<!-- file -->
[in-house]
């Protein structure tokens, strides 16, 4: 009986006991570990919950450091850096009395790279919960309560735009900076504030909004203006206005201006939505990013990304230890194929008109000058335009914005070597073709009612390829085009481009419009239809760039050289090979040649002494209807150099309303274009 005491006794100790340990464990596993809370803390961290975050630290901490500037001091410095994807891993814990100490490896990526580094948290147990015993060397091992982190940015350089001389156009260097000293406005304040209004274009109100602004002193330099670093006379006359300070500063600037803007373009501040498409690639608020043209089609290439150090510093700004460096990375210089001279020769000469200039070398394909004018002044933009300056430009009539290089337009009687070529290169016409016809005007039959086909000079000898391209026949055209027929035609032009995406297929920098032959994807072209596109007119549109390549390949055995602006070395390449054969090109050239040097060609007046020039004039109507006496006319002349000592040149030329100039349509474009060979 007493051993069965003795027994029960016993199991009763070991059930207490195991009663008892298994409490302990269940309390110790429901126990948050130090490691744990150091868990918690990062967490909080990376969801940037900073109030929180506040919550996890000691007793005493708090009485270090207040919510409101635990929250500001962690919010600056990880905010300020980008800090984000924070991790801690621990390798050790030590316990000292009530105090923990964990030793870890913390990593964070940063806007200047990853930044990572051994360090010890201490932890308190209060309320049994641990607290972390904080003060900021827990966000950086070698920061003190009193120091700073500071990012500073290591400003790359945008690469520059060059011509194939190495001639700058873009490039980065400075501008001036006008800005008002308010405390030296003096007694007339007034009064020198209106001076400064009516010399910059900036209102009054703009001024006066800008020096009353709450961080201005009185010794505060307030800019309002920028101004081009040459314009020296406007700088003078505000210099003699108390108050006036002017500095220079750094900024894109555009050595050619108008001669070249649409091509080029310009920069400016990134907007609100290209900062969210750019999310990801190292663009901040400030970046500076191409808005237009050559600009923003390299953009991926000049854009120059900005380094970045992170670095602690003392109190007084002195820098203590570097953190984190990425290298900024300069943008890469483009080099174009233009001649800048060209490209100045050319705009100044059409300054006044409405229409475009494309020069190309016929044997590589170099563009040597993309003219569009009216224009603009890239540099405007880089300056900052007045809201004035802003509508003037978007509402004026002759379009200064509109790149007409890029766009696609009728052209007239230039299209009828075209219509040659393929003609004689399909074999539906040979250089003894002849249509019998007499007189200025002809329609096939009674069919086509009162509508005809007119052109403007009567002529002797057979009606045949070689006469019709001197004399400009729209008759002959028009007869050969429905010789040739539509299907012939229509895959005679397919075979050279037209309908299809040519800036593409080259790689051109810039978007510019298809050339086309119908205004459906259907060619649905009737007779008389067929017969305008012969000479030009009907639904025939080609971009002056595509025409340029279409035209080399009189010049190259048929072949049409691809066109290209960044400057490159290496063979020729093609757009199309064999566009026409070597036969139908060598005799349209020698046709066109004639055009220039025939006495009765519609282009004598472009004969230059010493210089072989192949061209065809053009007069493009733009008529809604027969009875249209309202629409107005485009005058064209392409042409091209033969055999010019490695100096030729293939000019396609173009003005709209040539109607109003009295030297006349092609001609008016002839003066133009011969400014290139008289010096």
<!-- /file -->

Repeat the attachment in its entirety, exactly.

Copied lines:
[in-house]
């Protein structure tokens, strides 16, 4: 009986006991570990919950450091850096009395790279919960309560735009900076504030909004203006206005201006939505990013990304230890194929008109000058335009914005070597073709009612390829085009481009419009239809760039050289090979040649002494209807150099309303274009 005491006794100790340990464990596993809370803390961290975050630290901490500037001091410095994807891993814990100490490896990526580094948290147990015993060397091992982190940015350089001389156009260097000293406005304040209004274009109100602004002193330099670093006379006359300070500063600037803007373009501040498409690639608020043209089609290439150090510093700004460096990375210089001279020769000469200039070398394909004018002044933009300056430009009539290089337009009687070529290169016409016809005007039959086909000079000898391209026949055209027929035609032009995406297929920098032959994807072209596109007119549109390549390949055995602006070395390449054969090109050239040097060609007046020039004039109507006496006319002349000592040149030329100039349509474009060979 007493051993069965003795027994029960016993199991009763070991059930207490195991009663008892298994409490302990269940309390110790429901126990948050130090490691744990150091868990918690990062967490909080990376969801940037900073109030929180506040919550996890000691007793005493708090009485270090207040919510409101635990929250500001962690919010600056990880905010300020980008800090984000924070991790801690621990390798050790030590316990000292009530105090923990964990030793870890913390990593964070940063806007200047990853930044990572051994360090010890201490932890308190209060309320049994641990607290972390904080003060900021827990966000950086070698920061003190009193120091700073500071990012500073290591400003790359945008690469520059060059011509194939190495001639700058873009490039980065400075501008001036006008800005008002308010405390030296003096007694007339007034009064020198209106001076400064009516010399910059900036209102009054703009001024006066800008020096009353709450961080201005009185010794505060307030800019309002920028101004081009040459314009020296406007700088003078505000210099003699108390108050006036002017500095220079750094900024894109555009050595050619108008001669070249649409091509080029310009920069400016990134907007609100290209900062969210750019999310990801190292663009901040400030970046500076191409808005237009050559600009923003390299953009991926000049854009120059900005380094970045992170670095602690003392109190007084002195820098203590570097953190984190990425290298900024300069943008890469483009080099174009233009001649800048060209490209100045050319705009100044059409300054006044409405229409475009494309020069190309016929044997590589170099563009040597993309003219569009009216224009603009890239540099405007880089300056900052007045809201004035802003509508003037978007509402004026002759379009200064509109790149007409890029766009696609009728052209007239230039299209009828075209219509040659393929003609004689399909074999539906040979250089003894002849249509019998007499007189200025002809329609096939009674069919086509009162509508005809007119052109403007009567002529002797057979009606045949070689006469019709001197004399400009729209008759002959028009007869050969429905010789040739539509299907012939229509895959005679397919075979050279037209309908299809040519800036593409080259790689051109810039978007510019298809050339086309119908205004459906259907060619649905009737007779008389067929017969305008012969000479030009009907639904025939080609971009002056595509025409340029279409035209080399009189010049190259048929072949049409691809066109290209960044400057490159290496063979020729093609757009199309064999566009026409070597036969139908060598005799349209020698046709066109004639055009220039025939006495009765519609282009004598472009004969230059010493210089072989192949061209065809053009007069493009733009008529809604027969009875249209309202629409107005485009005058064209392409042409091209033969055999010019490695100096030729293939000019396609173009003005709209040539109607109003009295030297006349092609001609008016002839003066133009011969400014290139008289010096």